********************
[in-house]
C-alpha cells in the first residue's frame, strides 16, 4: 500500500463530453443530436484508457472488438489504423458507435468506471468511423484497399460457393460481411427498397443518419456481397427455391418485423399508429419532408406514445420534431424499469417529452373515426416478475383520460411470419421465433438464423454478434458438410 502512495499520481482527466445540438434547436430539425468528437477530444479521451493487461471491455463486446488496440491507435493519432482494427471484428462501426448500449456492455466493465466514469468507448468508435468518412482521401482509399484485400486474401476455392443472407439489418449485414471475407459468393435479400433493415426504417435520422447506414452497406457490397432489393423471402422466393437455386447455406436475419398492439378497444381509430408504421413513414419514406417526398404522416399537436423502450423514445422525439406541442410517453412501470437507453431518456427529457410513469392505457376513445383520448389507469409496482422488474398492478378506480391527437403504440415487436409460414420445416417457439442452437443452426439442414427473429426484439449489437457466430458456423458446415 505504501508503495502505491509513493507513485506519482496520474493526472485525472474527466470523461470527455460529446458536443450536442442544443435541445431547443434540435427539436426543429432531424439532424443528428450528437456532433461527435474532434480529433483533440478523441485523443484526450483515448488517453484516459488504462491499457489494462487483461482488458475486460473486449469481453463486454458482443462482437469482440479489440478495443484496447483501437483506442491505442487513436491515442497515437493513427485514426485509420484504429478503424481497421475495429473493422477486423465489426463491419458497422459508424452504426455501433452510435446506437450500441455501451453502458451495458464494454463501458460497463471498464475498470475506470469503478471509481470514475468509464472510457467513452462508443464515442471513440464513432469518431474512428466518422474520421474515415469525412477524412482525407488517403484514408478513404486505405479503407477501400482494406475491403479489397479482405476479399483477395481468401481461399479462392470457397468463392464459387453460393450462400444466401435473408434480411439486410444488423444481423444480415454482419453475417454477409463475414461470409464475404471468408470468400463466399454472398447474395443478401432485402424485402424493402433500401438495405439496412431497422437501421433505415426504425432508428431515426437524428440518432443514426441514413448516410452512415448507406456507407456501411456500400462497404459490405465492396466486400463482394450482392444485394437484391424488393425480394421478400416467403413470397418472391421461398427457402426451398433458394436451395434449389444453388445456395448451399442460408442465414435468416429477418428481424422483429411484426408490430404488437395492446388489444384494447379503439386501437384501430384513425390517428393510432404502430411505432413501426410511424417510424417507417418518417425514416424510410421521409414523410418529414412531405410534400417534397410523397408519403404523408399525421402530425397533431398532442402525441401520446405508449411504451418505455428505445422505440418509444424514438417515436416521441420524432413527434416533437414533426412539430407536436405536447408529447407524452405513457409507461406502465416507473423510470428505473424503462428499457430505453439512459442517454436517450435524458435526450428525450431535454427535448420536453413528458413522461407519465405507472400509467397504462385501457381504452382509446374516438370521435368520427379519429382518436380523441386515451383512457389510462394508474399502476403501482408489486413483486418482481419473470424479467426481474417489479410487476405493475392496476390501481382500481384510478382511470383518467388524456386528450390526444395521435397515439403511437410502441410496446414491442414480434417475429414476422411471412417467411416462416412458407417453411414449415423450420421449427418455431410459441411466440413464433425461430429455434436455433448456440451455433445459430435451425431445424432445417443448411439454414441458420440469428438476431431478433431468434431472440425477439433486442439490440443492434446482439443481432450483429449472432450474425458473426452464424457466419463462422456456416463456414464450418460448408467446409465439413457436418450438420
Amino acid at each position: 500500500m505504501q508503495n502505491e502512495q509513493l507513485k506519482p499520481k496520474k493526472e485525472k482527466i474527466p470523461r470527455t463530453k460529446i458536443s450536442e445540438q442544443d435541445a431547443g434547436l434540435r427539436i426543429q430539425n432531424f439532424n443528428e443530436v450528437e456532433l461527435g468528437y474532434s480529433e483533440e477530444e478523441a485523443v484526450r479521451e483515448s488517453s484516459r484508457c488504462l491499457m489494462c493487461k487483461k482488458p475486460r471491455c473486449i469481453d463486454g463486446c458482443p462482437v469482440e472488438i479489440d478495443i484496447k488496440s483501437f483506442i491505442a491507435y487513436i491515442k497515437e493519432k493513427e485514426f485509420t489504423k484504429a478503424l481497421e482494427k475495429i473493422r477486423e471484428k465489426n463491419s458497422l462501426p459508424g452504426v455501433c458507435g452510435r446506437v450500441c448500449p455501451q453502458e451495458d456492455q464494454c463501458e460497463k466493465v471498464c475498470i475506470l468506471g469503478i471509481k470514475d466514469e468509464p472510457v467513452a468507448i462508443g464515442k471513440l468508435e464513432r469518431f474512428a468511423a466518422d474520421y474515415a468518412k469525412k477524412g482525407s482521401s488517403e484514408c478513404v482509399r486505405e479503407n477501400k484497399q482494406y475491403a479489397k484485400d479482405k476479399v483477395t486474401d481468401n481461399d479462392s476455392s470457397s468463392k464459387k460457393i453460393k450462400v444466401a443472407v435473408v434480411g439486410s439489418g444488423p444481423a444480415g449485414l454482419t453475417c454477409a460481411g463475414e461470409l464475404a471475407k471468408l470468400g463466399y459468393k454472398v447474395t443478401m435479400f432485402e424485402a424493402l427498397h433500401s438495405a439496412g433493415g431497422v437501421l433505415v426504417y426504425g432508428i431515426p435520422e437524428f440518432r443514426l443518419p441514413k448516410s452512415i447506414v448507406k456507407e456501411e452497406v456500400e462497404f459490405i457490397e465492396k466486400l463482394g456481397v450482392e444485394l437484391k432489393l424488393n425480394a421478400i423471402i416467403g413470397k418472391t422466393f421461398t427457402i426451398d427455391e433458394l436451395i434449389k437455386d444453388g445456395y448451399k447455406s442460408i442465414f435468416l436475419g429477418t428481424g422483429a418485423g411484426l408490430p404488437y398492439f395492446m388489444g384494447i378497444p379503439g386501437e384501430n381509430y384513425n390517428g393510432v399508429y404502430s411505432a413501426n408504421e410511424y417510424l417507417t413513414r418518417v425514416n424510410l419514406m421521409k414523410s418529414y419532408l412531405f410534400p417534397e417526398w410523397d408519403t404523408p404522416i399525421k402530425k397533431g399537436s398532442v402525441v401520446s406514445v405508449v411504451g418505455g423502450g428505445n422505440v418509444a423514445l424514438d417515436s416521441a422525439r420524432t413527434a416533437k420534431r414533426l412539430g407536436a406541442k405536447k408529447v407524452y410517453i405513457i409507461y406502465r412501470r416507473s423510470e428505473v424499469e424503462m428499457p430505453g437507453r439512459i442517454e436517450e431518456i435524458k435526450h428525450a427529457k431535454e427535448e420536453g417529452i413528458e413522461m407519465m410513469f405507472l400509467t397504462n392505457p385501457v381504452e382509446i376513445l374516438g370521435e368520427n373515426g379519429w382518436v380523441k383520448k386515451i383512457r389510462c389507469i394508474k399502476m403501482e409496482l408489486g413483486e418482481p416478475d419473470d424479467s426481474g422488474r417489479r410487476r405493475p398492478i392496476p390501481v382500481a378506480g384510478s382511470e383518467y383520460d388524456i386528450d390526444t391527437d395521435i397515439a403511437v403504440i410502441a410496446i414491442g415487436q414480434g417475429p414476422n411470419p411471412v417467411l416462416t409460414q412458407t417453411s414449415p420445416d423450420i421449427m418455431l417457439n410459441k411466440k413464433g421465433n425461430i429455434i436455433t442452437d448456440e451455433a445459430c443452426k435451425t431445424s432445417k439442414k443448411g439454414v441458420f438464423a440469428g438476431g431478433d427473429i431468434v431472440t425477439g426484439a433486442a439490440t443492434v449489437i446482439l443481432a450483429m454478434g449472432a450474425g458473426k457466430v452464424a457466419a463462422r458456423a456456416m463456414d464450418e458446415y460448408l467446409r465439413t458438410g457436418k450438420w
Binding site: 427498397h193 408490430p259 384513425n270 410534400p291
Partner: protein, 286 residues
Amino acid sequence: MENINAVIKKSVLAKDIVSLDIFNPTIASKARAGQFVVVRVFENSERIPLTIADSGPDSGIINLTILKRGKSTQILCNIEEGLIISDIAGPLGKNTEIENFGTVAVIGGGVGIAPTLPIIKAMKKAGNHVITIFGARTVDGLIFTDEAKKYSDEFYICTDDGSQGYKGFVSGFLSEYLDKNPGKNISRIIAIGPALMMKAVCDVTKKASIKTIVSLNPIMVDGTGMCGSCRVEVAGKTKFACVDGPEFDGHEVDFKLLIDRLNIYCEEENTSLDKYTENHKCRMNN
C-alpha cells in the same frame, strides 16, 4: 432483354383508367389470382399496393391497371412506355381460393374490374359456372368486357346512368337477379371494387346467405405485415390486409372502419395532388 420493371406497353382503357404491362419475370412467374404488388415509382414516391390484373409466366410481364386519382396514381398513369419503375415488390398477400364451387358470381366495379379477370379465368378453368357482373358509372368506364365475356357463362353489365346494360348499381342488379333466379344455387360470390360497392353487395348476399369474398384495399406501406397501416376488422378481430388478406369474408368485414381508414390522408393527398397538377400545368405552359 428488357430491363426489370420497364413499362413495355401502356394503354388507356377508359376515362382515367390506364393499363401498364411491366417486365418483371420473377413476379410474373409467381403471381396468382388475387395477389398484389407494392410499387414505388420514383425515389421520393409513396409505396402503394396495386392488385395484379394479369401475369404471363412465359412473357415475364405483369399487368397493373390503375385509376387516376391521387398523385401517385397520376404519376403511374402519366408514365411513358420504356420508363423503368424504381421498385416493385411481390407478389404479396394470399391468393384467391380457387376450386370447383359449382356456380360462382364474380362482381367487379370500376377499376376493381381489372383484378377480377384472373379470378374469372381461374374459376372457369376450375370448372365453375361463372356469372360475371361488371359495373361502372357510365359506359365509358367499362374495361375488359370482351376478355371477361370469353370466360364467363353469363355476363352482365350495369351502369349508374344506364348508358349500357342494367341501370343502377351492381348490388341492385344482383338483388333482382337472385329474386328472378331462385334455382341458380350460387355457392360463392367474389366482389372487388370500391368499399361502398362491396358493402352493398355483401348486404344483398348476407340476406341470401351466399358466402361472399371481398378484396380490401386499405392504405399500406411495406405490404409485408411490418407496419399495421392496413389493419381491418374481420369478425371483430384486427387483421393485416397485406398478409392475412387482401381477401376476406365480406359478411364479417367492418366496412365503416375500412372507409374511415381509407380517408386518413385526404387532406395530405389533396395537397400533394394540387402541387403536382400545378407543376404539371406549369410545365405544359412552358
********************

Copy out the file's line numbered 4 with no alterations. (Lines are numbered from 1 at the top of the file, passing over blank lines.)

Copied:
Binding site: 427498397h193 408490430p259 384513425n270 410534400p291